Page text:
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Woman at center of Lakeland police scandal comes forward | News

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Woman at center of Lakeland police scandal comes forward

Palm Harbor, FL --  It's probably been the worst kept secret in Lakeland.

The woman at the center of the police department's sex scandal came forward on Wednesday.

Susan Eberle's attorney in Palm Harbor spoke on the 37-year-old's behalf, calling it one of the worst case of sexual harassment he'd ever seen in his three decades of legal work.

"Sue Eberle was forced to work in an environment rife with sexual innuendo, sexual proposition, sexual advances and unwelcomed sexual assault and battery," said attorney David Linesch.

Eberle has reluctantly become the face of the sex scandal rocking the Lakeland Police department. With her husband Ed clutching her hand for support, Eberle decided to go public, announcing through her attorney that they had filed charges with the Federal Equal Employment Opportunity Commission and Florida Commission on Human rights.

The allegations include "false imprisonment, assault and battery as well as gross sexual harassment," said Linesch.
An FDLE investigation found that Eberle first had consensual sex with co-workers at Lakeland PD, but that the relationships became increasingly abusive.

Eberle told investigators she had been a victim of incest from the time she was a child, and thatshe felt she couldn't say "no."

"This obviously was exacerbated by the fact that the individuals engaging in this sexual harassment and assault toward her were sworn officers," said Linesch.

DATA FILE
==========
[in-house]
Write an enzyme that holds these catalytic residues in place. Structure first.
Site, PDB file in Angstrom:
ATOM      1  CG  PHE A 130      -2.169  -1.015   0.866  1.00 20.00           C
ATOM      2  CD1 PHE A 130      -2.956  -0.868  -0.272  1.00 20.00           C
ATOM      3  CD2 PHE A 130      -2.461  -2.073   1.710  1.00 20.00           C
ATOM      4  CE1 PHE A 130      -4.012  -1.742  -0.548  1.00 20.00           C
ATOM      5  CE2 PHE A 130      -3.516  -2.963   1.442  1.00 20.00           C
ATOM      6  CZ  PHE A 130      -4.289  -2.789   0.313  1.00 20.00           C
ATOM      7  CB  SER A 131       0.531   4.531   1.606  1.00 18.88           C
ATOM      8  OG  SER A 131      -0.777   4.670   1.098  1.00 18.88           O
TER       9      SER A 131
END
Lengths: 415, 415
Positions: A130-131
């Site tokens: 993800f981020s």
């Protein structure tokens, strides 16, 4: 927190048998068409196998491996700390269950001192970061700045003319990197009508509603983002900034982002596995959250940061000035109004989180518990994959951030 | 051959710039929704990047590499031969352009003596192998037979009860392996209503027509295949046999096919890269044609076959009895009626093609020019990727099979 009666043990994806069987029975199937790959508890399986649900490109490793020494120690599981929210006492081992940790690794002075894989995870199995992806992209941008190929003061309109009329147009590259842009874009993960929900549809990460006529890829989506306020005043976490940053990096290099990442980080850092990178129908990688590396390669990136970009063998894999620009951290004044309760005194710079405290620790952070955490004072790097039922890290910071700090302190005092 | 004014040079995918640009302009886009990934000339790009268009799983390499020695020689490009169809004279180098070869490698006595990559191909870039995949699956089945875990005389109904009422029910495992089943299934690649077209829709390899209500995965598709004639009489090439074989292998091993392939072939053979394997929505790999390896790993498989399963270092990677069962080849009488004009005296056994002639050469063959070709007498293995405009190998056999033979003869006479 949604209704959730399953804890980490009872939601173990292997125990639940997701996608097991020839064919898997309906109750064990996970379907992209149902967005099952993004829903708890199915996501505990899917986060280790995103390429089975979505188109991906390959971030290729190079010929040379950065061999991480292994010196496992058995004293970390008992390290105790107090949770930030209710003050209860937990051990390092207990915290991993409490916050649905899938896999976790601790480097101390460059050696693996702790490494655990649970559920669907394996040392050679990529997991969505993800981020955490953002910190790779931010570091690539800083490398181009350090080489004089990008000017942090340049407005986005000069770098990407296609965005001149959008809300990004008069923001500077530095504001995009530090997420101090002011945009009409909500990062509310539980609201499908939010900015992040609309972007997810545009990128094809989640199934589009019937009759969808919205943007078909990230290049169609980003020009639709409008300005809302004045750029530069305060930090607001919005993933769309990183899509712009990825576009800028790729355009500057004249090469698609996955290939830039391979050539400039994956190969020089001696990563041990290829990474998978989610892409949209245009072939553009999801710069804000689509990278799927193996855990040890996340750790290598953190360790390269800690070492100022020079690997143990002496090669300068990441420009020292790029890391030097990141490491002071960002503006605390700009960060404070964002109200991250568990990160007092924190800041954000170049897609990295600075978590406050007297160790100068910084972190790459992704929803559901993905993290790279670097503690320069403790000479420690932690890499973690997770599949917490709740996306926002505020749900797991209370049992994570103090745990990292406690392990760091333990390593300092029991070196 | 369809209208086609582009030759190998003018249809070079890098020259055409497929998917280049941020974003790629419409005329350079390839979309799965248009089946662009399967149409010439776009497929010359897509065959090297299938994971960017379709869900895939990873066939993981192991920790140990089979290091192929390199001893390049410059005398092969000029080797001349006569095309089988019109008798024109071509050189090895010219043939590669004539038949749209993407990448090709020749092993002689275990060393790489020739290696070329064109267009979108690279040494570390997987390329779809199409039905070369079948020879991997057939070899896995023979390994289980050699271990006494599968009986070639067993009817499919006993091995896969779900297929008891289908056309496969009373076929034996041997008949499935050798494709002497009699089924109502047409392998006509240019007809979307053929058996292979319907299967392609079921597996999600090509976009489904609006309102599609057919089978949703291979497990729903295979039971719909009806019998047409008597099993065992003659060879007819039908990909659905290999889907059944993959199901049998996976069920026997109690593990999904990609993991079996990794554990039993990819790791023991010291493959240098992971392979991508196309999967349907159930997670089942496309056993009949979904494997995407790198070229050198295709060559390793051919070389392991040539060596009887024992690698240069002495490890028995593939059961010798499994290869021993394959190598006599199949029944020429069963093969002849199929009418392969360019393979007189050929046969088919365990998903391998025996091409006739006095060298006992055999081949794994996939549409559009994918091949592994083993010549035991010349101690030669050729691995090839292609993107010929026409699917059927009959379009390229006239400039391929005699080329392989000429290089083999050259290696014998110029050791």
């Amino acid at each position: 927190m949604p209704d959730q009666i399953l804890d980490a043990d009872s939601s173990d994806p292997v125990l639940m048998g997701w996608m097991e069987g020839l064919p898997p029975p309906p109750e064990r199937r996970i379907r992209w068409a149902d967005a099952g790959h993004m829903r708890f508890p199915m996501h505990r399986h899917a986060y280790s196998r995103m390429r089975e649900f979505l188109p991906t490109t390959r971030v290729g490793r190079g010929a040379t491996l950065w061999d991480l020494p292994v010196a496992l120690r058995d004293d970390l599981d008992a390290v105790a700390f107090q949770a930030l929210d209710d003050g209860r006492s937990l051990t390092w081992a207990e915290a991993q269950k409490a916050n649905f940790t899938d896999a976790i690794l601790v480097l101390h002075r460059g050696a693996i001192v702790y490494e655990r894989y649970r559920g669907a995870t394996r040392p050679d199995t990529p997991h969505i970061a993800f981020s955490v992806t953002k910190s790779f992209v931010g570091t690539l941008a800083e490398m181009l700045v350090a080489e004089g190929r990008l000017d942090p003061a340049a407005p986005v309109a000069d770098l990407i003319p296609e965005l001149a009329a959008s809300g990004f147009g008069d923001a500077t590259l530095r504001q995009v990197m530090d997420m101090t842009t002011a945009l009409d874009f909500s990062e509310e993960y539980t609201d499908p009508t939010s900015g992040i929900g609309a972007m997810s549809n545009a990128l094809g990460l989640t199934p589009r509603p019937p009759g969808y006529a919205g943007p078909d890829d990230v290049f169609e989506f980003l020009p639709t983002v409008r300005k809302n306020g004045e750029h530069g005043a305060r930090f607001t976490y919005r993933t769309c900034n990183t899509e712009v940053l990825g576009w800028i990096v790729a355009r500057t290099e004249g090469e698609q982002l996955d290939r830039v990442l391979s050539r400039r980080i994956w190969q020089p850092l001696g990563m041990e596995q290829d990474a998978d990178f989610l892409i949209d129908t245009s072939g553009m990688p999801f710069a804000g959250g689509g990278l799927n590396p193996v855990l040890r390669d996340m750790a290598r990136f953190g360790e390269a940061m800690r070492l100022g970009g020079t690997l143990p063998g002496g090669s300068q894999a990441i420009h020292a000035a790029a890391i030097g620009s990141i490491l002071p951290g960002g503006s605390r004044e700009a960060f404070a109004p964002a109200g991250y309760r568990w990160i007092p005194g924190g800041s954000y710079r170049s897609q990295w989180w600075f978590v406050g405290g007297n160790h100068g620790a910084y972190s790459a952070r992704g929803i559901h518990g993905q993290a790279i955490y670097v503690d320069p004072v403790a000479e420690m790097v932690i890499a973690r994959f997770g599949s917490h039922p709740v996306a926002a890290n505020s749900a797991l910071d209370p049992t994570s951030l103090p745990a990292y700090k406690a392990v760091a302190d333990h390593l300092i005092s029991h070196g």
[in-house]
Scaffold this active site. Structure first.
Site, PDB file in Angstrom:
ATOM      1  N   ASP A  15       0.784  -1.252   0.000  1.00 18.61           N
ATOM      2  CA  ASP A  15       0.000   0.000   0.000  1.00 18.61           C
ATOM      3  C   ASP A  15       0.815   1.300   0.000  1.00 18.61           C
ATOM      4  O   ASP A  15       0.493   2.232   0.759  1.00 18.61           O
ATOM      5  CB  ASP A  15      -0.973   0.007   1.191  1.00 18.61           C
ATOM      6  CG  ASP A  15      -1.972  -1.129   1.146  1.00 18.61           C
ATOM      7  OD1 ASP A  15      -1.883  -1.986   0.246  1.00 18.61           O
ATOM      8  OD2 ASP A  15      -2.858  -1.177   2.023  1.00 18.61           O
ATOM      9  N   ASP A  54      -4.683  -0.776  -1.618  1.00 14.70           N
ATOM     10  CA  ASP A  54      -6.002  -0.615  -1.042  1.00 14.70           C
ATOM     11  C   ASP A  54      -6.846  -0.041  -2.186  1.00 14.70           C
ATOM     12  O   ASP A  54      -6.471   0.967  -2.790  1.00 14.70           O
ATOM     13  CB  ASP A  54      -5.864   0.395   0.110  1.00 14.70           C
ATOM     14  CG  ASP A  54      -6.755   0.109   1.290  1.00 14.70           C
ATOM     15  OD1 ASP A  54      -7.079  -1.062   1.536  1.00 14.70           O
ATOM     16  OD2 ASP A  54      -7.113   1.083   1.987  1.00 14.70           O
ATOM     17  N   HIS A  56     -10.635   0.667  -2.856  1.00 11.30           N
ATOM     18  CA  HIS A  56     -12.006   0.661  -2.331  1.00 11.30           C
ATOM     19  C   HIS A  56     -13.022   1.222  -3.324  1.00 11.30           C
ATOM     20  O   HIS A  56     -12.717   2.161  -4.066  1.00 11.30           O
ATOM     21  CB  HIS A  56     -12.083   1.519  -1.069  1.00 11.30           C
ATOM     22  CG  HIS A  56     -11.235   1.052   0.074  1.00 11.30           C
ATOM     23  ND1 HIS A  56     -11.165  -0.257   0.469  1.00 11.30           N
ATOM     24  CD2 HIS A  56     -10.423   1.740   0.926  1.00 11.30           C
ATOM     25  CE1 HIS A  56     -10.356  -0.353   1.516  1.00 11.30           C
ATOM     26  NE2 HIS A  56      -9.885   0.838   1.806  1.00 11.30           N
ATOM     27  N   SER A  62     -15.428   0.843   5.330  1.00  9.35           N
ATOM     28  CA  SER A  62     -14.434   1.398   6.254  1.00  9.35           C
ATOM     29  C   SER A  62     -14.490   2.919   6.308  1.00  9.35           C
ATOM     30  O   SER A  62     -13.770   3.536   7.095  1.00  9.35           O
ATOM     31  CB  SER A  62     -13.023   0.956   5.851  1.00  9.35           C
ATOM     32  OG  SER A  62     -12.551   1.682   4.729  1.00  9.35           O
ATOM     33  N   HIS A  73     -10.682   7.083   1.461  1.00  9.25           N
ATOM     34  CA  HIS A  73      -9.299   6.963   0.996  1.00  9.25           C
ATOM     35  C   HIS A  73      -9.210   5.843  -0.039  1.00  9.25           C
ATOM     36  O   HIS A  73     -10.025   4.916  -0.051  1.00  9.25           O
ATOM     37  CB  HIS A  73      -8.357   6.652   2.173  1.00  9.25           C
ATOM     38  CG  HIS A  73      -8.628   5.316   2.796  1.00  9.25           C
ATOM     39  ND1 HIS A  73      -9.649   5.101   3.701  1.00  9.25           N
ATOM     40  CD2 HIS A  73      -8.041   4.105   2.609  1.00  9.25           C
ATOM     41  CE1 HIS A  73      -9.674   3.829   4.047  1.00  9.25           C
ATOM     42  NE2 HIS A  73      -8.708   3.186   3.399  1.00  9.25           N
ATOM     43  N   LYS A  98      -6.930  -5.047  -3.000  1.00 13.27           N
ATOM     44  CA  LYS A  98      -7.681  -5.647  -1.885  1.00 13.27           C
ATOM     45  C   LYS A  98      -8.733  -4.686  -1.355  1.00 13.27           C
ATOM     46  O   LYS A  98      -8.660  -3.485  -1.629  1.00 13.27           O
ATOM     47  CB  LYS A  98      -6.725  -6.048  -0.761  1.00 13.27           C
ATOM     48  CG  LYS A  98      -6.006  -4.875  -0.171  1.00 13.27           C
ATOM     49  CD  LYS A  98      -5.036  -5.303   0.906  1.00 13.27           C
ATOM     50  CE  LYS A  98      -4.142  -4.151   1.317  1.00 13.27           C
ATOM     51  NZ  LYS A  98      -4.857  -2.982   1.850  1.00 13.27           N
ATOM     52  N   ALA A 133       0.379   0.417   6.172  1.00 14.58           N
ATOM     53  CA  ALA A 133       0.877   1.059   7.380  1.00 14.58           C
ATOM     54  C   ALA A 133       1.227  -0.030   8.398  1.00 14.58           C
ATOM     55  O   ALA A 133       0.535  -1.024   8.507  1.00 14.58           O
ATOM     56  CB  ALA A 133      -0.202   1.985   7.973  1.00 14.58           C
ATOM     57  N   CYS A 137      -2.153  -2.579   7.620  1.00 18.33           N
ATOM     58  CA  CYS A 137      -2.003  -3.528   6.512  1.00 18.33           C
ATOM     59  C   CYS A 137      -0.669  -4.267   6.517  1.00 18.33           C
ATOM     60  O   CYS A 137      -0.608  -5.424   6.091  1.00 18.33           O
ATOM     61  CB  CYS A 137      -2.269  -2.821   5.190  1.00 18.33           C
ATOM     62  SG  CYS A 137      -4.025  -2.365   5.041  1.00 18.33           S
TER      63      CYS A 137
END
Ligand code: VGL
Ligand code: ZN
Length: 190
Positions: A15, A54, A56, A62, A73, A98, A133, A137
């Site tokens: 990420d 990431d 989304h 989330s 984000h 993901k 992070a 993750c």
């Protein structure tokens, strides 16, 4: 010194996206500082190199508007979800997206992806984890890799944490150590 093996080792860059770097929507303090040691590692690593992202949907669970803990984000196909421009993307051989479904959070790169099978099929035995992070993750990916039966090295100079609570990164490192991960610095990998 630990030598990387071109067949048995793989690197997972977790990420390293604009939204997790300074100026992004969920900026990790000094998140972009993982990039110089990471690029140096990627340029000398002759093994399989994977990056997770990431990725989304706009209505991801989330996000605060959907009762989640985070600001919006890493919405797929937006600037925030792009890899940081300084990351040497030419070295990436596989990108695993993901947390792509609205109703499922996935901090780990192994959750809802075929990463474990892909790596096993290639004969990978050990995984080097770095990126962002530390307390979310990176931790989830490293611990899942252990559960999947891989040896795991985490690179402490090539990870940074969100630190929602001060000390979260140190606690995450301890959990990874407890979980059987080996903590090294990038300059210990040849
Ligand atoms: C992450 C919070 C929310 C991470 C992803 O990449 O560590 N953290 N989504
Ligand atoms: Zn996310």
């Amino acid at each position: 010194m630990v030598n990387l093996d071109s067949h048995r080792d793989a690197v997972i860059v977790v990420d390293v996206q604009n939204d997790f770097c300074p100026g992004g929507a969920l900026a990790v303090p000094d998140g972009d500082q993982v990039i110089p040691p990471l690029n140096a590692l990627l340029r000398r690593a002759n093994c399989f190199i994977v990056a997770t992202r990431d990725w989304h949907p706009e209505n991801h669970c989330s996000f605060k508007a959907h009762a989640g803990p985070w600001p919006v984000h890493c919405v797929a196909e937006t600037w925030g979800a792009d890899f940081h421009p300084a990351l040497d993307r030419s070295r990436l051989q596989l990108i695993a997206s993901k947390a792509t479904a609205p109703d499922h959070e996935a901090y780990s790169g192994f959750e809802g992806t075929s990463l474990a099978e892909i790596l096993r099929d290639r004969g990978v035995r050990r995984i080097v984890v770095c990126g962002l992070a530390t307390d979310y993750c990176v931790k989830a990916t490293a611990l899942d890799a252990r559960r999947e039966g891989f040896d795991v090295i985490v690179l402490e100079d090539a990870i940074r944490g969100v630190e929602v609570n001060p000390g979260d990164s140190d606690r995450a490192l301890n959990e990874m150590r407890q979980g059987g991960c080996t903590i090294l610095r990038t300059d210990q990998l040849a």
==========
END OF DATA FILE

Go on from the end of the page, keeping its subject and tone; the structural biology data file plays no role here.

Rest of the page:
Police Chief Lisa Womack, who inherited the sex scandal, says her department is doing all it can to weed out the problem officers and supervisors. A dozen officers have left or resigned since Womack took over the two and half years ago.

Linesch says they've not yet filed suit against the department. They're willing to talk about reaching a financial settlement, he says.

"Or not. If not, we will do what we need to do."

From controversial bra-shaking during traffic stops to sex on the job, the culture at the Lakeland Police Department, they say, must change.

Residents call it an embarrassment. Susan Eberle calls it something far worse.

"She was a target. She was weak. And they knew that they could take advantage of that and so they preyed upon her. They preyed upon her and that's what's so sick about it," said Linesch.

Eberle says she's coming forward now so that this doesn't happen to anyone else in the future.

On Tuesday, the Polk County Legislative Delegation recommended Sheriff Grady Judd step in to make what they call the proper reforms.

Sheriff Judd declined an interview on Wednesday, but said he would make his agency available if needed.

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